an infected individual, has been present. Intimate or direct, close personal contact with an infected individual
within seven days can place an individual at risk for contracting bacterial meningitis. It can also be transmitted
through the air via droplets of respiratory secretions from an infected person.1 Common modes of transmission
include close contact through:
• Sharing water bottles, drinking glasses or eating utensils
• Sharing cigarettes
• Poor or improper hygiene
Recognizing the acute symptoms is of utmost importance for health care providers, and can be the difference
between life and death. Meningitis is not easy to identify acutely, because many of the symptoms are similar to
those of the flu or the common cold. The progression of this disease and its symptoms vary from a few hours to a
few days.7 The classic clinical presentation of acute bacterial meningitis in adults is the triad of fever (greater than
101 degrees), neck stiffness, and an altered mental state, such as confusion or agitation. 2 The absence of all
three of these symptoms effectively eliminates bacterial meningitis. However, less than two-thirds of patients will
have all three symptoms.6 Other symptoms may also include chills, vomiting, severe headaches, photophobia,
drowsiness, joint pain, rash and septicaemia. Rashes are variable, but may appear on the soles of the feet, palms
of the hands, or on areas where pressure may be applied (e.g.- under garments). Rashes may have an
appearance of red to purple spots, or bruising, as a result of septicaemia.7 This sign may be difficult to identify in
darker skinned individuals. This is a very serious sign and requires immediate referral. If two or more of any of
these signs are present, consult a physician immediately, as the disease progresses quickly. Culturing the
individual's spinal fluid and identifying the bacteria responsible for infection completes diagnosis.
Initially, the infection will be systemic and will generate nonspecific symptoms such as fever and rash. Once the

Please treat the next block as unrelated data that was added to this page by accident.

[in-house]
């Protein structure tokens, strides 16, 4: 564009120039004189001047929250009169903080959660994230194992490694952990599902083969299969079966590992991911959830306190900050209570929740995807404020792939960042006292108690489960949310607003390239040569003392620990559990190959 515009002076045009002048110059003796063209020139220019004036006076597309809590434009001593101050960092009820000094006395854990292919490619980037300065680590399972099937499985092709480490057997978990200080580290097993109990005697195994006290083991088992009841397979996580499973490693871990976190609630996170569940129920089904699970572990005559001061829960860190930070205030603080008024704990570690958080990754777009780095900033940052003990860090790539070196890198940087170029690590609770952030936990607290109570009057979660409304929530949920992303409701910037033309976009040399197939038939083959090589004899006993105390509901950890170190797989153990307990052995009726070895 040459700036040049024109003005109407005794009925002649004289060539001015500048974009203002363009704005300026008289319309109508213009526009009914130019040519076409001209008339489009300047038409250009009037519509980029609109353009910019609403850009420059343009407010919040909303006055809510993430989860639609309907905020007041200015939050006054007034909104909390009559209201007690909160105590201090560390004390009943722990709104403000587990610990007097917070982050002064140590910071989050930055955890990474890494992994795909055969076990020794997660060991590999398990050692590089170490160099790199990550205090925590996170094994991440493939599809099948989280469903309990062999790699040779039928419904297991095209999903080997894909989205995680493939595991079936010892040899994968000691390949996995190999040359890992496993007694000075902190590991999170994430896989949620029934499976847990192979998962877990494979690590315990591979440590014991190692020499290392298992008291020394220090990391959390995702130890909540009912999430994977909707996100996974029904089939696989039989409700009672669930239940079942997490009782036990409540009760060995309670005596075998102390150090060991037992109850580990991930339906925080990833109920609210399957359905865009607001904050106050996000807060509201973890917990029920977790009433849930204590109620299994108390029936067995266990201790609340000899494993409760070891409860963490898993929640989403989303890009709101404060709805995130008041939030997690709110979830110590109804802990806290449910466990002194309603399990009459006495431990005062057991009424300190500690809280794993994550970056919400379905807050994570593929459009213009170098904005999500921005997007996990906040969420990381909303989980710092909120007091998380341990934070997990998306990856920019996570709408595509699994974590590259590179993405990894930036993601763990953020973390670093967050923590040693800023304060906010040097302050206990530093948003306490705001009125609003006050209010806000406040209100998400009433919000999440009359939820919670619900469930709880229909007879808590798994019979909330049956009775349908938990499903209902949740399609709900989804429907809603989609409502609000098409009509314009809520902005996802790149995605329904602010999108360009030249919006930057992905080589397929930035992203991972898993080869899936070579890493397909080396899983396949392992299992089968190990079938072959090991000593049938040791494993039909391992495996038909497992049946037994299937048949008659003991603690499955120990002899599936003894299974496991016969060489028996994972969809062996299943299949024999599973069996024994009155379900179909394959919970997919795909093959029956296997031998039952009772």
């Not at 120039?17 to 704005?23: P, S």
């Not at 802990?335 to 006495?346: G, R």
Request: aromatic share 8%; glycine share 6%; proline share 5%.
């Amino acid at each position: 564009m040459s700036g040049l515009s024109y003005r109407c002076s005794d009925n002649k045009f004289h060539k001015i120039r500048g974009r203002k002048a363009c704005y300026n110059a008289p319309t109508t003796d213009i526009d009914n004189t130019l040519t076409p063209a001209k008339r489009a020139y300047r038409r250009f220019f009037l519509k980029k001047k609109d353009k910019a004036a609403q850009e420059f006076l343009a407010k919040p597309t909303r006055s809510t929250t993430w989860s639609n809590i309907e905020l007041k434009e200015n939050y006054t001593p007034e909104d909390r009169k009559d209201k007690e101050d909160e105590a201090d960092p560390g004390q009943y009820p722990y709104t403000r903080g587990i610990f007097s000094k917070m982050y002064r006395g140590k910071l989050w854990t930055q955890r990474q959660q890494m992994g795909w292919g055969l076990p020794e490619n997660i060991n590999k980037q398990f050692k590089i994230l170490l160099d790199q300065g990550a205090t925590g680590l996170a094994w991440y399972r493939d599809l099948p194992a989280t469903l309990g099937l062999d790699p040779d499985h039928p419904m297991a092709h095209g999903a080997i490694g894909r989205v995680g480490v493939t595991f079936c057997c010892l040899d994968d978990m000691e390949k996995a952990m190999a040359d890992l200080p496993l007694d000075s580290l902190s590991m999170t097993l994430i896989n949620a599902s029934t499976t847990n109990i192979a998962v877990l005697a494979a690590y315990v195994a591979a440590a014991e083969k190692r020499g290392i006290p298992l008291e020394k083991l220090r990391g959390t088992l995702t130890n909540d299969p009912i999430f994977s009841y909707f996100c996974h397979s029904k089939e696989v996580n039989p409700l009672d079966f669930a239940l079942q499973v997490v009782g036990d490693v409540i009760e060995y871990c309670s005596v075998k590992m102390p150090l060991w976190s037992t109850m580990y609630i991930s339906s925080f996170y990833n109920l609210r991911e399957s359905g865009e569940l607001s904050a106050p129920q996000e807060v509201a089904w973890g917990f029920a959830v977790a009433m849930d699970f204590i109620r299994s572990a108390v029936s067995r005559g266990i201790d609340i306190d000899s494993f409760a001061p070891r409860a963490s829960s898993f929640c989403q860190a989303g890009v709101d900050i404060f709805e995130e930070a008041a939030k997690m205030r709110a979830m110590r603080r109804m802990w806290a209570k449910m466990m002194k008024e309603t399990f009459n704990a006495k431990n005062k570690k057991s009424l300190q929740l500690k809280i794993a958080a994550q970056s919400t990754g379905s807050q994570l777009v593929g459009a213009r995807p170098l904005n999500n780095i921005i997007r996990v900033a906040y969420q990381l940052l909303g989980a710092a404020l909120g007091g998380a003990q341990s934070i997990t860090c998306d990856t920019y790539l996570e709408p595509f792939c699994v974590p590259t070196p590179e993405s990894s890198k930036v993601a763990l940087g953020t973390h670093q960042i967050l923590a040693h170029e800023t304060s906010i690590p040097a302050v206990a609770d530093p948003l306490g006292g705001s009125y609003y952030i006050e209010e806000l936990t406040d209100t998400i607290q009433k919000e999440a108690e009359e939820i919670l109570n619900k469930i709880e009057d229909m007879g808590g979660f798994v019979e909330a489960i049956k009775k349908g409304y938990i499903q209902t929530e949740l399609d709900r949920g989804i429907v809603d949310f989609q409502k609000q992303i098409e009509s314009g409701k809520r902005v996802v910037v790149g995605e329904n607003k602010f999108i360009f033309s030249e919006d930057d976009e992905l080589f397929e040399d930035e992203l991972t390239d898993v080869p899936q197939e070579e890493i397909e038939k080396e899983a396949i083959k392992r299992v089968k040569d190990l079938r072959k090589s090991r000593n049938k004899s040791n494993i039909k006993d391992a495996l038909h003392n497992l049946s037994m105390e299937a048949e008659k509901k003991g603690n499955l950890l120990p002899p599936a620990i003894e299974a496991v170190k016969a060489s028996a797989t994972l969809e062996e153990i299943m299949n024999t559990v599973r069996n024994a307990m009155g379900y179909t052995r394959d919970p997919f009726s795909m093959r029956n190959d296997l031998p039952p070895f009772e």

infection worsens, an inflammatory response occurs within the cerebrospinal fluid resulting in meningeal
inflammation, which can elevate intracranial pressure. As these responses occur, neck stiffness, headaches and
altered mental status can ensue.
The majority of people who develop the meningococcal form of the disease make a full recovery. Up to twenty-
five percent of patients who recover, however, may have chronic damage to the nervous system.14 Complications
can occur and range from recurring headaches, tiredness, depression, and mood swings to epilepsy, deafness,
brain damage, and amputations from septicaemia. Deafness, to varying degrees, is the most common
The use of prophylactic antibiotics such as Rifampin and Ciprofloxacin is effective in most cases. 12,14,16 A
reasonably early diagnosis with antibiotic treatment will generally result in a complete recovery. In rare cases,
meningococcal infection is overwhelming, defying medical treatment, and can be fatal. Antibiotics are also
recommended for individuals who have come in close contact with infected individuals.
Bacterial meningitis has traditionally been the concern of overseas travelers, especially in areas where an
epidemic has arisen. It has been known for some time that bringing together large groups of young adults and
adolescents, such as military recruits, has been associated with outbreaks of meningococcal meningitis.8 Military
recruits are routinely vaccinated. Although clusters of cases are rare in the United States, the incidence of
meningococcal meningitis has increased in the past few years on college campuses, particularly among students
living in college housing. It is estimated that 100 to 125 cases of this form of the disease occur annually on
college campuses across the country, with five to fifteen students dying each year as a result.1,4 In a recent five-
year study, Harrison et al. compared the incidence of meningococcal meningitis in Maryland college students to a
similar age group in the general population. The average annual incidence was 1.74 per 100,000 among students
enrolled in four-year schools vs. 1.44 in the general population of the same age. They also found a 3.24 per
100,000 incidence in students who were on-campus residents vs. a .96 per 100,000 in students living off-campus.
A similar study by Neal et al. found higher rates of the disease in colleges which provided dining hall facilities to
greater than 10% of their student population. It appears that college students residing in on-campus housing are
at higher risk. A recent American College Health Association recommendation suggests meningitis vaccinations
be given to reduce the risk to college students. Harrison et al. state that it is reasonable for physicians to be
proactive and provide college students, especially those in on-campus housing, with the vaccine. At present,